Read the Latest
Children's Hospital is part of the UPMC family.
Be safe anytime, anywhere.
To find a pediatrician or pediatric specialist, please call 412-692-7337 or search our directory.
A resource for our network of referring physicians.
For more information about research, please call our main office at 412-692-6438.
Ranked #6 Nationally by U.S. News & World Report.
Epilepsy focus mapping, sometimes called brain mapping, is a surgical procedure in which surgeons place subdural grids directly on the brain to “map” the precise location of the source of the seizure as well as functional areas that control speech and movement. Once the focus of the seizure is identified, it can be removed during a procedure called focal cortical resection.
To make a referral, schedule an appointment, or request an evaluation for a child or teen, contact us at 412-692-6928 or email email@example.com.
Children are given a general anesthesia prior to the surgery. To prepare for the surgery, part of your child’s hair will be shaved.
An incision will be made and a craniotomy will be performed (removal of a piece of the skull that will be replaced at the end of the surgery). A subdural grid, which is a thin plastic strip with a series of electrodes embedded in it, is placed directly on the brain. Once the subdural grid is in place, the skull is closed. The cables from the grids will protrude from child's skull so they can be attached to a portable video EEG.
Your child will be in the Intensive Care Unit (ICU) overnight or until he or she is medically stable enough to go to the Epilepsy Monitoring Unit (EMU). While still in the ICU, your child will be observed continuously and blood pressure, pulse and respiration will be checked frequently.
Your child will then be moved to the Epilepsy Monitoring Unit, where his or her brain activity is monitored 24 hours a day. The epileptologist can then begin the brain mapping procedure. In epilepsy focus mapping, electrical currents stimulate portions of the brain via the subdural grids. The epilepsy doctor will monitor the child's movements and language to "map" the location of these important functional areas of the brain. The epilepsy surgeon then knows to avoid these areas during surgery.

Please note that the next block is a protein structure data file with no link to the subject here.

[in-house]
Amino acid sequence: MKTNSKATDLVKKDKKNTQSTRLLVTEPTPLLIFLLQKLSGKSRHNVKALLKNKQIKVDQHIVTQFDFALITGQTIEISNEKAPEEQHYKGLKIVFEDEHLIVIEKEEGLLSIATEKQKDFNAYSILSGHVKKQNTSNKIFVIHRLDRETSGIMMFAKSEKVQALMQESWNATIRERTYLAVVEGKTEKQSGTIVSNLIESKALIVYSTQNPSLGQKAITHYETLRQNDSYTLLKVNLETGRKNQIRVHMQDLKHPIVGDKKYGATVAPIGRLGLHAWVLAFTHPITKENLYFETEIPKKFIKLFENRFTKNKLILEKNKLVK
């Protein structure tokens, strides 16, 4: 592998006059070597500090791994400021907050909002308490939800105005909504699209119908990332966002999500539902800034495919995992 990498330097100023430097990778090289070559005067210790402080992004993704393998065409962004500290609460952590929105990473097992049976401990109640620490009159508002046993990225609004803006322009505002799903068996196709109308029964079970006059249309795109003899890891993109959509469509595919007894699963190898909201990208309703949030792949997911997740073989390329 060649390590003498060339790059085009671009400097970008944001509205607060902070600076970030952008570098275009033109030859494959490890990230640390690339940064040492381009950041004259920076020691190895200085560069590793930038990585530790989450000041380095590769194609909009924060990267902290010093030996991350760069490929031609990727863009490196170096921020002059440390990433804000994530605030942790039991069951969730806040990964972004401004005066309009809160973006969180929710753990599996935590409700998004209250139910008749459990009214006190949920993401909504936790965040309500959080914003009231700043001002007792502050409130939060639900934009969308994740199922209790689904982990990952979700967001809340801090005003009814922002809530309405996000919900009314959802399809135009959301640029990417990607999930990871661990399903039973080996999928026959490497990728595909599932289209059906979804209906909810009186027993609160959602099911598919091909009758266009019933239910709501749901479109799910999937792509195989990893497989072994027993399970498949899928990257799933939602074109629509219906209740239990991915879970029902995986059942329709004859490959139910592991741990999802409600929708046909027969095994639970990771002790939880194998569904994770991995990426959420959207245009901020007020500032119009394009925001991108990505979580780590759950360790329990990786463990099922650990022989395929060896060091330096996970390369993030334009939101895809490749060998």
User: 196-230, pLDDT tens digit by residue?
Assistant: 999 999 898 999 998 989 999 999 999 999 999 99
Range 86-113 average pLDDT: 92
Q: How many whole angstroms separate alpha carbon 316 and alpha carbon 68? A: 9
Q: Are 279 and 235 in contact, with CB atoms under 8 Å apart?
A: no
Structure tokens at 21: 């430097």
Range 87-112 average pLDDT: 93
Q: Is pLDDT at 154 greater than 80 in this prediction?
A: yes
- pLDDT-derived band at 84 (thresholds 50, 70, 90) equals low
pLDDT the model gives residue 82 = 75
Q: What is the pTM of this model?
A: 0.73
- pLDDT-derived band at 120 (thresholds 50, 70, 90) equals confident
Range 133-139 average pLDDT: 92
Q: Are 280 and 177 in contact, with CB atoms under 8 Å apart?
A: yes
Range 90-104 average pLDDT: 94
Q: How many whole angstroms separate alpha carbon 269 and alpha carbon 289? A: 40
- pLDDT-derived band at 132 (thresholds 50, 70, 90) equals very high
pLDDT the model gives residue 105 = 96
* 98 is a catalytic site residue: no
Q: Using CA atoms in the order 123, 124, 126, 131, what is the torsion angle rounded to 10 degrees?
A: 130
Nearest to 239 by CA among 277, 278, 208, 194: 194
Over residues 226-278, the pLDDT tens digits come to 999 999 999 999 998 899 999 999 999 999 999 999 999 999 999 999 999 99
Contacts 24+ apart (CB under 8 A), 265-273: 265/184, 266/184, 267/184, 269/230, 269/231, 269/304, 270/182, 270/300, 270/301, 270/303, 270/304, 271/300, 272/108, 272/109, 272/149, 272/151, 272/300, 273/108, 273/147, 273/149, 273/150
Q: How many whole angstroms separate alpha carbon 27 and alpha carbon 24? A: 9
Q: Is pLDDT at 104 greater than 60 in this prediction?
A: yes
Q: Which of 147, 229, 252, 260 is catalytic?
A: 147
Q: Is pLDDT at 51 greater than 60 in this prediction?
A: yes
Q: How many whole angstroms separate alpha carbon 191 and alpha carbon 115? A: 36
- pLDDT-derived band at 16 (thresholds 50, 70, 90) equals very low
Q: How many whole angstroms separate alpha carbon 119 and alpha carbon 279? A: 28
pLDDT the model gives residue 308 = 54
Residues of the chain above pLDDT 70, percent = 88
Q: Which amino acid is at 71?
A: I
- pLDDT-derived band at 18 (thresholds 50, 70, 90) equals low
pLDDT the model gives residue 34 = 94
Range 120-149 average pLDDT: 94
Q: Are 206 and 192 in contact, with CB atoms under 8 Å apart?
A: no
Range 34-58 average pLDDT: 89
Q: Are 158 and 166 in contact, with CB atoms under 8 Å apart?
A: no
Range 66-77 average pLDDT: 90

The length of the epilepsy focus mapping process depends on how much brain tissue is targeted for surgery.
Once the epileptologist has enough information about the child's motor and language function from epilepsy focus mapping, the second part of this procedure, focal cortical resection, will be scheduled.
Every surgical procedure has associated risks, including infection, bleeding, and accumulation of water in the brain, called cerebral edema. The main risk associated with epilepsy focus mapping in children is that a seizure may be triggered. If a seizure occurs, the epilepsy doctor will stop the electrical stimulation until the child has fully recovered.
Hear About Epilepsy Focus Mapping at Children’s Hospital (video).
Children's Hospital's main campus is located in the Lawrenceville neighborhood. Our main hospital address is:
UPMC Children’s Hospital of Pittsburgh
One Children’s Hospital Way
4401 Penn Ave.
Pittsburgh, PA 15224
In addition to the main hospital, Children's has many convenient locations in other neighborhoods throughout the greater Pittsburgh region.
With myCHP, you can request appointments, review test results, and more.
For questions about a hospital bill call:
To pay your bill online, please visit UPMC's online bill payment system.
Interested in giving to Children's Hospital? Support the hospital by making a donation online, joining our Heroes in Healing monthly donor program, or visiting our site to learn about the other ways you can give back.